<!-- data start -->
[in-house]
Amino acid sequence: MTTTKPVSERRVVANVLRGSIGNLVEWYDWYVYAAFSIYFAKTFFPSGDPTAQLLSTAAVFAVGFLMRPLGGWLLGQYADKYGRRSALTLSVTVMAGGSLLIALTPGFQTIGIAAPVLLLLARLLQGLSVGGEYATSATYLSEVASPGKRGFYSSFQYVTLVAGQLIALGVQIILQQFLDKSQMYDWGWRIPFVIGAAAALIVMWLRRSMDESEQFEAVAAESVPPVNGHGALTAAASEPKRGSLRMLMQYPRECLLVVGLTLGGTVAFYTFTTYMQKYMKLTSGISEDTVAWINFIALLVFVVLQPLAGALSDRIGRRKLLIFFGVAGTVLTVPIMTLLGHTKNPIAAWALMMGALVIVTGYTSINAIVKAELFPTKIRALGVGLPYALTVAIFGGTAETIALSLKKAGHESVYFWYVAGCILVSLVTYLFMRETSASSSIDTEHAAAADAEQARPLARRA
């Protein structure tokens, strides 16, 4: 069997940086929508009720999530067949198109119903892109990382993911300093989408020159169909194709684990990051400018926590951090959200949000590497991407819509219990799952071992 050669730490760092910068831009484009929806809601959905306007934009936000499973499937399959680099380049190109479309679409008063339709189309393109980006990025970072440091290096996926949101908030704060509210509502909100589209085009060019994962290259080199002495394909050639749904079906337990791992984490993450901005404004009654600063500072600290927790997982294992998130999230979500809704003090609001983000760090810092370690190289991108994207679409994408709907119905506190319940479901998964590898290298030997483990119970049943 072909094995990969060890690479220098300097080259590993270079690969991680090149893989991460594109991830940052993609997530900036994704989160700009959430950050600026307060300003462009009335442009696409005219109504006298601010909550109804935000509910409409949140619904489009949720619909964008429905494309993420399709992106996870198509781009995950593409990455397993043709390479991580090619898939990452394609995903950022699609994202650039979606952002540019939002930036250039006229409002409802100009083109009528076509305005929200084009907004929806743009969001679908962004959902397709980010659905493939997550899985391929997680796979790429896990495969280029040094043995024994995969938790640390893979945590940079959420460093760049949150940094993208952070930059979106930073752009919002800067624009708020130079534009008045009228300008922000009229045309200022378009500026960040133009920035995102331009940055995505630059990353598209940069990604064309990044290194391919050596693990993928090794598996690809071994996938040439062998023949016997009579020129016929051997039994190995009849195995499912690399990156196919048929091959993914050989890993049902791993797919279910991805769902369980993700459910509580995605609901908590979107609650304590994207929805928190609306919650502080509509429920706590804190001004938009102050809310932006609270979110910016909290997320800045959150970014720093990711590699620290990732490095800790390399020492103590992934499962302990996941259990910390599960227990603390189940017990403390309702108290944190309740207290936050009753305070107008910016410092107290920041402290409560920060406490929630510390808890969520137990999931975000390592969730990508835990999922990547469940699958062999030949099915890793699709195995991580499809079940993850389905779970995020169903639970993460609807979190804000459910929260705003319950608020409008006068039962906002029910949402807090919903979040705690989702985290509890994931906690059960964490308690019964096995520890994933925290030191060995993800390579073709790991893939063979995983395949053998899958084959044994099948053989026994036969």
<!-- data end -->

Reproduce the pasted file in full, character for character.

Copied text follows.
[in-house]
Amino acid sequence: MTTTKPVSERRVVANVLRGSIGNLVEWYDWYVYAAFSIYFAKTFFPSGDPTAQLLSTAAVFAVGFLMRPLGGWLLGQYADKYGRRSALTLSVTVMAGGSLLIALTPGFQTIGIAAPVLLLLARLLQGLSVGGEYATSATYLSEVASPGKRGFYSSFQYVTLVAGQLIALGVQIILQQFLDKSQMYDWGWRIPFVIGAAAALIVMWLRRSMDESEQFEAVAAESVPPVNGHGALTAAASEPKRGSLRMLMQYPRECLLVVGLTLGGTVAFYTFTTYMQKYMKLTSGISEDTVAWINFIALLVFVVLQPLAGALSDRIGRRKLLIFFGVAGTVLTVPIMTLLGHTKNPIAAWALMMGALVIVTGYTSINAIVKAELFPTKIRALGVGLPYALTVAIFGGTAETIALSLKKAGHESVYFWYVAGCILVSLVTYLFMRETSASSSIDTEHAAAADAEQARPLARRA
């Protein structure tokens, strides 16, 4: 069997940086929508009720999530067949198109119903892109990382993911300093989408020159169909194709684990990051400018926590951090959200949000590497991407819509219990799952071992 050669730490760092910068831009484009929806809601959905306007934009936000499973499937399959680099380049190109479309679409008063339709189309393109980006990025970072440091290096996926949101908030704060509210509502909100589209085009060019994962290259080199002495394909050639749904079906337990791992984490993450901005404004009654600063500072600290927790997982294992998130999230979500809704003090609001983000760090810092370690190289991108994207679409994408709907119905506190319940479901998964590898290298030997483990119970049943 072909094995990969060890690479220098300097080259590993270079690969991680090149893989991460594109991830940052993609997530900036994704989160700009959430950050600026307060300003462009009335442009696409005219109504006298601010909550109804935000509910409409949140619904489009949720619909964008429905494309993420399709992106996870198509781009995950593409990455397993043709390479991580090619898939990452394609995903950022699609994202650039979606952002540019939002930036250039006229409002409802100009083109009528076509305005929200084009907004929806743009969001679908962004959902397709980010659905493939997550899985391929997680796979790429896990495969280029040094043995024994995969938790640390893979945590940079959420460093760049949150940094993208952070930059979106930073752009919002800067624009708020130079534009008045009228300008922000009229045309200022378009500026960040133009920035995102331009940055995505630059990353598209940069990604064309990044290194391919050596693990993928090794598996690809071994996938040439062998023949016997009579020129016929051997039994190995009849195995499912690399990156196919048929091959993914050989890993049902791993797919279910991805769902369980993700459910509580995605609901908590979107609650304590994207929805928190609306919650502080509509429920706590804190001004938009102050809310932006609270979110910016909290997320800045959150970014720093990711590699620290990732490095800790390399020492103590992934499962302990996941259990910390599960227990603390189940017990403390309702108290944190309740207290936050009753305070107008910016410092107290920041402290409560920060406490929630510390808890969520137990999931975000390592969730990508835990999922990547469940699958062999030949099915890793699709195995991580499809079940993850389905779970995020169903639970993460609807979190804000459910929260705003319950608020409008006068039962906002029910949402807090919903979040705690989702985290509890994931906690059960964490308690019964096995520890994933925290030191060995993800390579073709790991893939063979995983395949053998899958084959044994099948053989026994036969």